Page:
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Life in lockdown: Matilda's story

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We caught up with Georgina, whose middle child Matilda has the devastating rare disease Niemann-Pick disease type C (NPC), to find out how life in lockdown is affecting her and her family. Thankfully, 10-year-old Matilda is coping brilliantly. Her treatment at Great Ormond Street Children’s Hospital is continuing – but she misses her friends.

Matilda with paper rainbow

Matilda lives with a range of challenges that include hearing loss, balance and co-ordination problems, concentration, and memory problems and at school, she has one-to-one support.  

In the very different situation that the coronavirus lockdown has brought about, Matilda is enjoying creative activities at home with her little sister Ava, who also has additional needs and attends a special school. But their situation is very challenging: “It would be easy to let Matilda just do the craft related things she enjoys,” Georgina explains. “But I’m aware how important it is to keep her brain active. It’s not easy, there’s a fine balance that needs to be achieved with her mental health and her mental activity. Matilda is already a long way behind her peers and I don’t want lockdown to increase this gap. It will be hard for her to catch up as she fatigues easily.” 

Matilda is not a fan of maths, her mum says: “Even the mention of it can upset her. I’ve had to get creative including it in daily conversation and baking activities and we’ve made up a shopping game to make double figure addition more fun!” 

Matilda’s physical wellbeing is another area that requires careful handling: “It is important to maintain Matilda’s muscle strength so she doesn’t fall behind in her abilities because she’s not doing regular physio at school. Rather than trying to get her to engage with a physio session at home we have to slip this into activities like dance, messy play and keep fit exercises on our dog walks,” Georgina says. 

Without side-by-side support to help keep her focused, and with the loss of her routine, Matilda is a little bit at sea and some days are a real struggle: “We’re using a whiteboard and setting three objectives for each day, which is helping,” Georgina says. “Some days I feel like a real superhero, and other days it all just falls apart!”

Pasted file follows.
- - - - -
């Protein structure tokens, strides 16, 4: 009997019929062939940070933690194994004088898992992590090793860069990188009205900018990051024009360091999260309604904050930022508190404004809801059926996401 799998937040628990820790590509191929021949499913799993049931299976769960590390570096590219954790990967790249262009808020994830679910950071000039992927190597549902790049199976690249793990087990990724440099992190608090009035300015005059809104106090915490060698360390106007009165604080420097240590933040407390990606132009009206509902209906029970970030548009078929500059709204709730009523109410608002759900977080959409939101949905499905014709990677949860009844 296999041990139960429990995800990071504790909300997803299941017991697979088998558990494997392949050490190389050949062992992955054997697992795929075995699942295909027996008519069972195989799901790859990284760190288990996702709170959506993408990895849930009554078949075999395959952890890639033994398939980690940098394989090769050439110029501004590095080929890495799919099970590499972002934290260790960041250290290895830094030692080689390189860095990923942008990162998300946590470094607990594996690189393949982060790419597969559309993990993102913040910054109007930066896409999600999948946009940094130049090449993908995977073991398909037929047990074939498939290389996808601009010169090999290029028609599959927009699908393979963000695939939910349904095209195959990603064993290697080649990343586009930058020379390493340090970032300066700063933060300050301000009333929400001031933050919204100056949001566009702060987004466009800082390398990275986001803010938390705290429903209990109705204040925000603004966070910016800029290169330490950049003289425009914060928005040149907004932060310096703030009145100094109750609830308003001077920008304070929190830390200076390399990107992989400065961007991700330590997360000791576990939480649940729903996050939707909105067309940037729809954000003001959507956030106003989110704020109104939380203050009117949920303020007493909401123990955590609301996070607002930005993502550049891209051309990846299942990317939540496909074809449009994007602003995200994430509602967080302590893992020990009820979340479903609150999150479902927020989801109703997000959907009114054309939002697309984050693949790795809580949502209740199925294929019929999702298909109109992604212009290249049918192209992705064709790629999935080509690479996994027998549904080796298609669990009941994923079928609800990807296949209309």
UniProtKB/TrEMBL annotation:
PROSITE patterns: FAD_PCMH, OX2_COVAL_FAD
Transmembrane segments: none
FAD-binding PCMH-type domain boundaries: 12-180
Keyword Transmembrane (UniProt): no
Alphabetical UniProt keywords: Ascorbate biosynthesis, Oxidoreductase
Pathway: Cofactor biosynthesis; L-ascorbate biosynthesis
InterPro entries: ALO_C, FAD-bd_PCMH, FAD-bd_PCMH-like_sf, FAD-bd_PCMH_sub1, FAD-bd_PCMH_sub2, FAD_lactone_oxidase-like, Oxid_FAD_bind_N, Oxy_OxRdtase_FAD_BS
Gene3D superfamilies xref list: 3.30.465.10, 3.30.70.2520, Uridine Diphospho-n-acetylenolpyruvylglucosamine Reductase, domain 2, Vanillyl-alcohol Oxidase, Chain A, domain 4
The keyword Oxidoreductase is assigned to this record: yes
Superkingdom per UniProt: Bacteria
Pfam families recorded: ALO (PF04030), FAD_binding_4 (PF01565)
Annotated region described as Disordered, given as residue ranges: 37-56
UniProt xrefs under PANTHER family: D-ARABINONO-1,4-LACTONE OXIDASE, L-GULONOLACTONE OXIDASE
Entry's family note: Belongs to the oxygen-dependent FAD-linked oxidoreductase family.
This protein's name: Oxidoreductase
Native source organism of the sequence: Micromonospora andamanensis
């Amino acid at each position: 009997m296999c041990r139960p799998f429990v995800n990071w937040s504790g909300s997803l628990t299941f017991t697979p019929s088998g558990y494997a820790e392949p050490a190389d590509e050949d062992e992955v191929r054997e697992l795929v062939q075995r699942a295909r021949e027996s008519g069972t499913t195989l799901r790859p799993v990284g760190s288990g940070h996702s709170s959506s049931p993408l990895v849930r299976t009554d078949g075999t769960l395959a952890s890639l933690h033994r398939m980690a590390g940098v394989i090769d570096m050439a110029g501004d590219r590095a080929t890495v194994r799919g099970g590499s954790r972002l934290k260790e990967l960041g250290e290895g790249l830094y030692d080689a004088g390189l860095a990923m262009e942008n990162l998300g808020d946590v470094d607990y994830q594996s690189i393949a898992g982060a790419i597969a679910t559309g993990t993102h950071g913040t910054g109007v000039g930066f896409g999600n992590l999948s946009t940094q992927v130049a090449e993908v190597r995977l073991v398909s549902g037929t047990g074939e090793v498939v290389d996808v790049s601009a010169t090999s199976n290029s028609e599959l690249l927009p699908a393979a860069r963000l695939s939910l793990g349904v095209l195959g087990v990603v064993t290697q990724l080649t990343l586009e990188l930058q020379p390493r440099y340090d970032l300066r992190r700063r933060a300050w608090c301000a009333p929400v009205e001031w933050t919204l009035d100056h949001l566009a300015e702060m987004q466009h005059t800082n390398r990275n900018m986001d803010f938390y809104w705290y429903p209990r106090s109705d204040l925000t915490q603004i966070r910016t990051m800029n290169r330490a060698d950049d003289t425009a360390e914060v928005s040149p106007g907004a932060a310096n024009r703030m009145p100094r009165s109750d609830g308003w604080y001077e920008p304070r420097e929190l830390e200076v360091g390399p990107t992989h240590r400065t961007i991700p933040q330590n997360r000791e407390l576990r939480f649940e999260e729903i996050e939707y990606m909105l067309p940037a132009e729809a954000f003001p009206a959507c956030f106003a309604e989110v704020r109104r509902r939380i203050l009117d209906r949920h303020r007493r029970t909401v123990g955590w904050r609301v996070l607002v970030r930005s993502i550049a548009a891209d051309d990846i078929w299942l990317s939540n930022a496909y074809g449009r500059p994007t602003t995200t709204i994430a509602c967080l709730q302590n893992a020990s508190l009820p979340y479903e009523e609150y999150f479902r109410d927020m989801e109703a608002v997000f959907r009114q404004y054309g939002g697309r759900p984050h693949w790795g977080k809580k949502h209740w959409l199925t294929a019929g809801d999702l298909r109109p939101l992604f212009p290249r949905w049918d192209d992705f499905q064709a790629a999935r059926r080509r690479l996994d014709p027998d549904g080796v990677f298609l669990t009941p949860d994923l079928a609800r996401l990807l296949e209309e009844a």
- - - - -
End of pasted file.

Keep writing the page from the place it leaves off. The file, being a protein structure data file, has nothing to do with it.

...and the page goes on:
Sadly, treatment options for NPC are limited – driving work at the University of Oxford that Action is helping to support, to assess the potential of repurposing a drug currently used to treat multiple sclerosis, which may offer benefits to children with NPC. 

Matilda’s usual routine includes regular visits to Great Ormond Street Children’s Hospital, so medicine can be administered through a port to her spine as part of an ongoing trial. Thankfully, her treatment is continuing even under lockdown. 

“We used to go up on the train, but now I drive so we have no contact with other people. I was quite scared the first time, it was eerily quiet on the roads and almost everyone on the street wore a face mask – it made the pandemic feel very real,” says Georgina. 

The fortnightly treatment is part of a long-term clinical trial: “Matilda was diagnosed with NCP aged six. Since then, we have seen no drastic dip but it’s hard to say if this is due to the medication or not, as NPC affects each child differently. Matilda has experienced slight cognitive decline and dementia symptoms. At one point there was a pause in the trial and her speech and memory did seem to get worse.” 

Matilda with her bother and sister

With different measures in place due to the pandemic, Matilda’s usual doctor has been required to help elsewhere in the hospital. 

“Matilda finds change stressful so this made her very anxious,” says Georgina. “It was alarming  for her seeing all the staff wearing masks, but she is settling into the new routine now.”  

“Matilda worried that a different doctor wouldn’t know how to do the procedure, so I explained it would be fine as he was a professor!” Georgina adds. 

After the procedure, Matilda is very tired and wobbly, and needs extra care at home. She cannot go to the bathroom alone, or walk downstairs unaided. But after a few days, she becomes steadier.  

Ultimately, although she misses her friends, Matilda loves being at home: “Family is the most important thing,” her mum reflects. 

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